Bishop Mary Eileen Collingwood, ARCWP, and Bishop Christine Mayr-Lumetzberger, RCWP delivered the following homilies at Dr. Shanon Sterringer’s ordination.
Bishop Christine Mayr-Lumetzberger’s homily:
I chose the image "universe" or "cosmic egg" for today's ordination service.
Shanon, Hildegard is your life motto and role model for your pastoral work as a deacon and priest - you have chosen this life form that you can not and do not want to take off. Deacon, because this ordination obliges you to have the welfare of the "poor" in many forms in mind. It also means providing food for people.
Priesthood also means to lift the necessities of life out of daily use and place them in the light of God.
"Give them food" has many meanings.
I have read all sorts of explanations and interpretations of the picture - mainly of men. Now I put everything aside and offer you some meditative thoughts:
Hildegard is a woman, a wise woman. She knows the universe from her observations, from her studies, from her experiences. She senses that the universe outside is also present in her:
the fire of the sun, the darkness, water and earth, heaven and hell, diversity and desert, a breeze and deadly storm, the cycle of the moon and the planets, the heat of the day and the cold of the night.
Hildegard draws her experiences, paints them with love of detail in wonderful colors. Hildegard paints her life into this picture herself. With this she gives inexpressible informations. All life comes from the woman. The divine is in her. In her writings she systematically rationalizes what is expected of her. Hildegard is smart. She can not be convicted by the men.
But I see the smiling Hildegard when she tells in mystery/brain teaser what only women can read. She replaces the real information with pictograms.
The cosmos is in our view the space of infinity. Our work as a priest may be just a pictogram in time and space and size, a very small symbol of something great. In the great things of the world and the church, we are perhaps only small dots, stars, a flower, a delicate breeze, sometimes perhaps the glow of a sun or the moon. Sometimes we are bread for people or water, or wine, when we try to give them food for the soul.
Being a priest means in the sense of Hildegard
Know the ways - being a scout for the people - to seek and find ways to lead people to God,
Healing for ourselves, for those entrusted to us for church and the world.
In the church, however, the divine visions remain - to follow the spirit of God and, in the spirit of Ignatius, to consider the distinction of the spirits. In the rule of St. Benedict – this ist he order of Hildegard - this is called the Discretio.
An important point in Hildegard's teaching is food. We are called to gather people together, to remember the good news of Jesus, and to give them the food of bread and wine.
Bishop Mary Eileen Collingwood’s homily:
Wisdom has been given to me… and she who makes others friends of God and prophets will find a home in Wisdom.
Rays of sun shine upon you and you will flourish, and you will be gathered into God’s bosom.
You have been pruned and will live on in me; my joy will be yours and your joy will be complete; I have made known to you everything I have learned from Abba God. I choose you to go forth and bear fruit that will endure. Whatever you ask will be given to you.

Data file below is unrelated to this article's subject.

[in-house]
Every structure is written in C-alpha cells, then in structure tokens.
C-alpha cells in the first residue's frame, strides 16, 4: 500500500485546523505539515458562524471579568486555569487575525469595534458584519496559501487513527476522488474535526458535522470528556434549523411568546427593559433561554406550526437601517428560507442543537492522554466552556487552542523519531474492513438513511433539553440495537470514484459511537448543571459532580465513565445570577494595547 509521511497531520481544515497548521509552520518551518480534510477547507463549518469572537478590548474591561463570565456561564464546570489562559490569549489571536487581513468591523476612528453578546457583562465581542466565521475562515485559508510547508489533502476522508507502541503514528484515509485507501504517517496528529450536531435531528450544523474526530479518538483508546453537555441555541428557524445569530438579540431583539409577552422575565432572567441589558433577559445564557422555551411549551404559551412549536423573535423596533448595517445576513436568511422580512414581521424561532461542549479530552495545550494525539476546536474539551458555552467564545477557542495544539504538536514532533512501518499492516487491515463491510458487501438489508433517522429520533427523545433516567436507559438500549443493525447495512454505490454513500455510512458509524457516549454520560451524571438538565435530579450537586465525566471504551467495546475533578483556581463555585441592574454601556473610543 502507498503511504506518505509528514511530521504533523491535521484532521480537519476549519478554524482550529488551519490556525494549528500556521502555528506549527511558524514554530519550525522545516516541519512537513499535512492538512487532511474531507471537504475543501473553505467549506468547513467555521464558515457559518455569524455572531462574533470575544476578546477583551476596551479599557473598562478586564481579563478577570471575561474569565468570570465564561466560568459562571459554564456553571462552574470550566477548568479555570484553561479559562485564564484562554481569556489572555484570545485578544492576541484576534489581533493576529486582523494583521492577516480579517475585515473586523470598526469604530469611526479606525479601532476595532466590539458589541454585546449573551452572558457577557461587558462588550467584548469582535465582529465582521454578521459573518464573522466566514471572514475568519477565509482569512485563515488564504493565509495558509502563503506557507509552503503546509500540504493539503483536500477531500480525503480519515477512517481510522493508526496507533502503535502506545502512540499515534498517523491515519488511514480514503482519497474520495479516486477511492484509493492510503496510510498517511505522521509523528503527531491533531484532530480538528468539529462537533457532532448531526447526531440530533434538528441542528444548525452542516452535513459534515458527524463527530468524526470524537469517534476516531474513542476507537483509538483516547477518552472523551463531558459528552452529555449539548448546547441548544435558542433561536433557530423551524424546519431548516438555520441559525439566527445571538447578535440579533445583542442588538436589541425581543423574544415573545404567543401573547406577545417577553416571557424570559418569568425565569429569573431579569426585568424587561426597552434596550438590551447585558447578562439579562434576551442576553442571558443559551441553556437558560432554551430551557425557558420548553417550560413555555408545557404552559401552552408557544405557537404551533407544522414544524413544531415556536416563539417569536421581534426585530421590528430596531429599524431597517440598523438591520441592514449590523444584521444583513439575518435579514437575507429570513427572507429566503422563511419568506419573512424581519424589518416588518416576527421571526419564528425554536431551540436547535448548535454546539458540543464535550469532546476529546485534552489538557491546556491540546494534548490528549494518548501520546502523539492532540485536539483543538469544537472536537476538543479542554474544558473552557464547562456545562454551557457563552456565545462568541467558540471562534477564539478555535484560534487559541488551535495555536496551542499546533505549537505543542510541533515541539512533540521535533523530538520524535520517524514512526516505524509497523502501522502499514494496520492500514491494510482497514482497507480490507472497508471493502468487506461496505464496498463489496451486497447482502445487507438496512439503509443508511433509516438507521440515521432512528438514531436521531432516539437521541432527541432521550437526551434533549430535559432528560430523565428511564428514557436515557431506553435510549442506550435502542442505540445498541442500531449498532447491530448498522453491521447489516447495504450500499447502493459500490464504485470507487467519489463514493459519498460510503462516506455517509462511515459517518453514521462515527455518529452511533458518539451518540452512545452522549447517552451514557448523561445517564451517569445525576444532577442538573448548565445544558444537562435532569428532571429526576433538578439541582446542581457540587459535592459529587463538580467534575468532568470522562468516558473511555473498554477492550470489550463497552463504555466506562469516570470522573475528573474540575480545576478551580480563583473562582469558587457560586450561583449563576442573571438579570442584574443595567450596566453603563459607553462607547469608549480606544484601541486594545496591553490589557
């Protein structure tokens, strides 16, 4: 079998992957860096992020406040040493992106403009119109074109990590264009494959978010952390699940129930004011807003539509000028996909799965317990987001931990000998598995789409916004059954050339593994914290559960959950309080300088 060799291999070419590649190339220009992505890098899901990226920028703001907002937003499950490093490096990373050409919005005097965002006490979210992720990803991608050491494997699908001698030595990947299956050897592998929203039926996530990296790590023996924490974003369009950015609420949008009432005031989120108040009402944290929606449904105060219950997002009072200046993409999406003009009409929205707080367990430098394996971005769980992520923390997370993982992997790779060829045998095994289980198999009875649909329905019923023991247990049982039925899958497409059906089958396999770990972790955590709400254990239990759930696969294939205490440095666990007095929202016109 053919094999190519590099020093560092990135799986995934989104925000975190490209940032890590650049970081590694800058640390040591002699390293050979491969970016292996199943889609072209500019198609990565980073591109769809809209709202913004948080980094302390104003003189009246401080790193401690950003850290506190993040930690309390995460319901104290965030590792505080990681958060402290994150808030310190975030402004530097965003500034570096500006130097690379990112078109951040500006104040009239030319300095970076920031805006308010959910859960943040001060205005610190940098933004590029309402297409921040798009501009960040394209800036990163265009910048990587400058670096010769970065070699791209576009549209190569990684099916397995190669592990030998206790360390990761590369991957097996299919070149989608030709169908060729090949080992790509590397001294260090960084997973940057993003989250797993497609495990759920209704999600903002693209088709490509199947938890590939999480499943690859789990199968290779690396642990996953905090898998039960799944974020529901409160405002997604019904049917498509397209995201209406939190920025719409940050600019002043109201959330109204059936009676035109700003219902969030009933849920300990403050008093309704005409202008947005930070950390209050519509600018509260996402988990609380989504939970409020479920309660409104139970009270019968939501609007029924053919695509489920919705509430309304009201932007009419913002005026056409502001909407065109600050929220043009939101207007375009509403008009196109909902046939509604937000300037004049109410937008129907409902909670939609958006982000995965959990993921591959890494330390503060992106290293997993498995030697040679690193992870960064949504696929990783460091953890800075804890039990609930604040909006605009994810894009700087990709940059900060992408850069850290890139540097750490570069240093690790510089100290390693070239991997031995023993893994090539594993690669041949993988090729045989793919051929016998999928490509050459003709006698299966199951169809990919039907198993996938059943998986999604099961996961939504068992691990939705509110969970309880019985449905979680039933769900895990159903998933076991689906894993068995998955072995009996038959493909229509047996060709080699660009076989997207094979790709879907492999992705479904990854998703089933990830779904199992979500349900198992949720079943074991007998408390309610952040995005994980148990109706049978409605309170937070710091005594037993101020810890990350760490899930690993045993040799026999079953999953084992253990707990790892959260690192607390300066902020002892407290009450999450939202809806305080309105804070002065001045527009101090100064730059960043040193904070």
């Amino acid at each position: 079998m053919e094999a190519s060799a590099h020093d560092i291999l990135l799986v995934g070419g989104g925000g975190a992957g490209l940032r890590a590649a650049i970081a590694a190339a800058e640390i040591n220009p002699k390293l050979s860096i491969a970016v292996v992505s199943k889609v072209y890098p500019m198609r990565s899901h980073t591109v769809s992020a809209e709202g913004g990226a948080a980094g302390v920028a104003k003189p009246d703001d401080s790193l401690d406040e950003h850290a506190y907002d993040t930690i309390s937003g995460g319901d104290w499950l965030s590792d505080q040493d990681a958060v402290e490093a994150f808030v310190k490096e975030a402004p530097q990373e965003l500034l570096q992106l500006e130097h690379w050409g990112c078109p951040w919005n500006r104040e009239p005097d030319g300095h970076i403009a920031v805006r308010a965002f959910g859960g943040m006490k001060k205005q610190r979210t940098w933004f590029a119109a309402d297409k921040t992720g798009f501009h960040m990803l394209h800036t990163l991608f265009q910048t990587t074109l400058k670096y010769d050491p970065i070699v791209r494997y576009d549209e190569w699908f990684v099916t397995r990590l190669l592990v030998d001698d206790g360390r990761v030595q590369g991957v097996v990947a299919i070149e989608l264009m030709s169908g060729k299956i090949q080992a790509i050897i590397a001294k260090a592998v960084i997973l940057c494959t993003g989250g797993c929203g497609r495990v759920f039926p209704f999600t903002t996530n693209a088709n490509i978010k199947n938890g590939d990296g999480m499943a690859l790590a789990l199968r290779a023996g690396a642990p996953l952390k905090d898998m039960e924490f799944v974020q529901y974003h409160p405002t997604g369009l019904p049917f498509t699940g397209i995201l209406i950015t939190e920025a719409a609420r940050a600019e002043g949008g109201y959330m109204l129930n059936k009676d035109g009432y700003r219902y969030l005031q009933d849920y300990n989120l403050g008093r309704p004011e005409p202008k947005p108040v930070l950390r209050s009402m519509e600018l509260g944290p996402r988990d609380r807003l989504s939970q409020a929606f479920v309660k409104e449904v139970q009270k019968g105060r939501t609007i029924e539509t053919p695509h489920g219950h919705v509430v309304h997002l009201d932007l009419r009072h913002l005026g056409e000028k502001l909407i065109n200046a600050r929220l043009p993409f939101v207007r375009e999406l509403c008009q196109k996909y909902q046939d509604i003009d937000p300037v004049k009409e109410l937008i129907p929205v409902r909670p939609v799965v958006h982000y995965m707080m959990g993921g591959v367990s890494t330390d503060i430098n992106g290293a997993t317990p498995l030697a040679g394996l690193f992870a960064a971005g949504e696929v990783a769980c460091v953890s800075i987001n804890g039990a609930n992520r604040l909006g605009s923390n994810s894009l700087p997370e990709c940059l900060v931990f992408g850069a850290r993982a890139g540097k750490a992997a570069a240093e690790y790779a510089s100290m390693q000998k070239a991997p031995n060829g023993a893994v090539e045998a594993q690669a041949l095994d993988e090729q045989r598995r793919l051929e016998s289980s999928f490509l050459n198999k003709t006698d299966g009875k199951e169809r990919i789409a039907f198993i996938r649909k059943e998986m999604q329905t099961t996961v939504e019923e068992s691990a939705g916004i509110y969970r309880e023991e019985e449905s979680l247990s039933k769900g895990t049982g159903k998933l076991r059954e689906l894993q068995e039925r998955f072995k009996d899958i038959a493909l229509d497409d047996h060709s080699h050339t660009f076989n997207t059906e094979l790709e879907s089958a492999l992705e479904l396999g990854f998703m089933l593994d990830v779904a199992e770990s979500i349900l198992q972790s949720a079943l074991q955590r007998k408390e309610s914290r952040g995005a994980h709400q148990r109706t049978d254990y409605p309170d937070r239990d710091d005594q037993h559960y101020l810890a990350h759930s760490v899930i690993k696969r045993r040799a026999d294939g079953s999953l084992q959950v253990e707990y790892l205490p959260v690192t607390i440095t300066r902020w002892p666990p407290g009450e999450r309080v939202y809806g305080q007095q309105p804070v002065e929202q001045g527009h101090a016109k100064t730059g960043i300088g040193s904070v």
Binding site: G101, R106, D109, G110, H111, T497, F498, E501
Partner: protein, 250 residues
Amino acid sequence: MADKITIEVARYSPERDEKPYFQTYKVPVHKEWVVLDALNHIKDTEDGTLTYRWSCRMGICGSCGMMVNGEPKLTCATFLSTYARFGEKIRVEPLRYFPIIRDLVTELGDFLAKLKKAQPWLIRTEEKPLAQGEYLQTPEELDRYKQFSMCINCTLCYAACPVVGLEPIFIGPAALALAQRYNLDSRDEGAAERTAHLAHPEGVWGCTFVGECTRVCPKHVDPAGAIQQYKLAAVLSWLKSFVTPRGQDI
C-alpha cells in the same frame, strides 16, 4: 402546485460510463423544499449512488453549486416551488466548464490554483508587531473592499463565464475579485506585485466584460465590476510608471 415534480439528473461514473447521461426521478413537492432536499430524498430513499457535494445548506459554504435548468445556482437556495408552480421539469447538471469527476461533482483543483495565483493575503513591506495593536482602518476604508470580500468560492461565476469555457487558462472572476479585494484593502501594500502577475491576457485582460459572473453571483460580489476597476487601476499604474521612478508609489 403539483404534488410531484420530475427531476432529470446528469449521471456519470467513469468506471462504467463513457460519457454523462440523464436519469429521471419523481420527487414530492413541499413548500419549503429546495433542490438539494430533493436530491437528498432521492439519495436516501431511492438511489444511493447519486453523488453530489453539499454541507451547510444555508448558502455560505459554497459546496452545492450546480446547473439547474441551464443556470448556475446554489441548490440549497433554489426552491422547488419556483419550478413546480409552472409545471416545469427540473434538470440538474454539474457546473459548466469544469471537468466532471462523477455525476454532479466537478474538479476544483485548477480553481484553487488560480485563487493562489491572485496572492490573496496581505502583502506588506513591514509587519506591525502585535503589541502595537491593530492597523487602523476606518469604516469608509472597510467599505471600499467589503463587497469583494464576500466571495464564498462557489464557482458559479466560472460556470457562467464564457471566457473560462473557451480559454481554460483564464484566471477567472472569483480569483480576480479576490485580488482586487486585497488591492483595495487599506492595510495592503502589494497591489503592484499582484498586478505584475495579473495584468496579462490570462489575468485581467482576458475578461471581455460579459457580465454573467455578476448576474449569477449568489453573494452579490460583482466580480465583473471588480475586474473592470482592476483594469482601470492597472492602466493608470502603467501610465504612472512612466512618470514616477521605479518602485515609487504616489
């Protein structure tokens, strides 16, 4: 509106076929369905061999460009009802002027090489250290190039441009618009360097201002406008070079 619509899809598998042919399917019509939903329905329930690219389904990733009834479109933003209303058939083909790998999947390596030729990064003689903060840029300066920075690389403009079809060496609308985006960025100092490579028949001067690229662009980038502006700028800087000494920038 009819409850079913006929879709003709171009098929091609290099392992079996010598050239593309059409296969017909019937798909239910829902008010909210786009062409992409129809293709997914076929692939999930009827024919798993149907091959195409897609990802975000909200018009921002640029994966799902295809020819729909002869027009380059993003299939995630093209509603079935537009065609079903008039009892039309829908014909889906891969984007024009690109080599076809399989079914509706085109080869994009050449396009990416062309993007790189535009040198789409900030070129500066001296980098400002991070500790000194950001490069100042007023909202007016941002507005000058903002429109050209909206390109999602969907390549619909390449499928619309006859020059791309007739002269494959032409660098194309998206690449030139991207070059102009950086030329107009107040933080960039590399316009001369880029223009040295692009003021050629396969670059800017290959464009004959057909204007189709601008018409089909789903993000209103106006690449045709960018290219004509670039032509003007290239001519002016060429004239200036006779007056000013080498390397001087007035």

The scripture passage that summarizes all our readings today is from Luke 12: 48: “From those who have been given much, much will be required; from those who have been entrusted much, much more will be asked.”
As many of us present here today know, this journey is not for the faint of heart. We have been called and entrusted to bear witness to what is true and just--what needs to be proclaimed for future generations. Yes, we have been given much, and, therefore, much more will be asked.
This journey that you are entrusted with today, Shanon, is a courageous one that will need strength and vision as you go forth. But you need not carry this responsibility alone. In fact, if you try to go it alone, you will fail. Jesus formed a community of disciples and sent them out two by two. It is within community—the Roman Catholic Women Priest Movement-- that you now find yourself and will be here with you and for you. While you have been given much personally and communally through your past academic, ministerial and spiritual experiences, you will now find yourself needing the support and strength of this new community of prophets.
The Spirit of God has plainly shown us what is required for our journey in the passage from Micah (6:8): “simply do justice, love kindness, and walk with integrity in God’s presence.”
From these inspired words of scripture, we launch our mission. Now is the time to fully grasp that this mission of ours is a communal mission. Only by understanding this will your strength and grace of character remain strong and vibrant.
Yet, communication is part of the life force that drives us, shapes us, brings us to fullness of life. And the way we communicate will determine the quality of our own lives as well as the lives of those we touch.
Great women and men are all around us. Great people will share their vision and ministries, great people will tell you their secrets. Look for them, call them on the phone or buy their books. Go where they are, get around them, talk to them. They will give you all they have. For being “great” is exactly what you are called to be and called to do. Shanon, you have been entrusted with much, and therefore, more will be asked of you.
These are exciting times for prophets in our church—and we are very fortunate and blessed to have you among us! This is a holy mission. Your presence increases our holiness!
And so you are sent forth in the words many an Irish lass would say:
They rose in dark and evil days
To right their native land;
They kindled here a living blaze
That nothing shall withstand.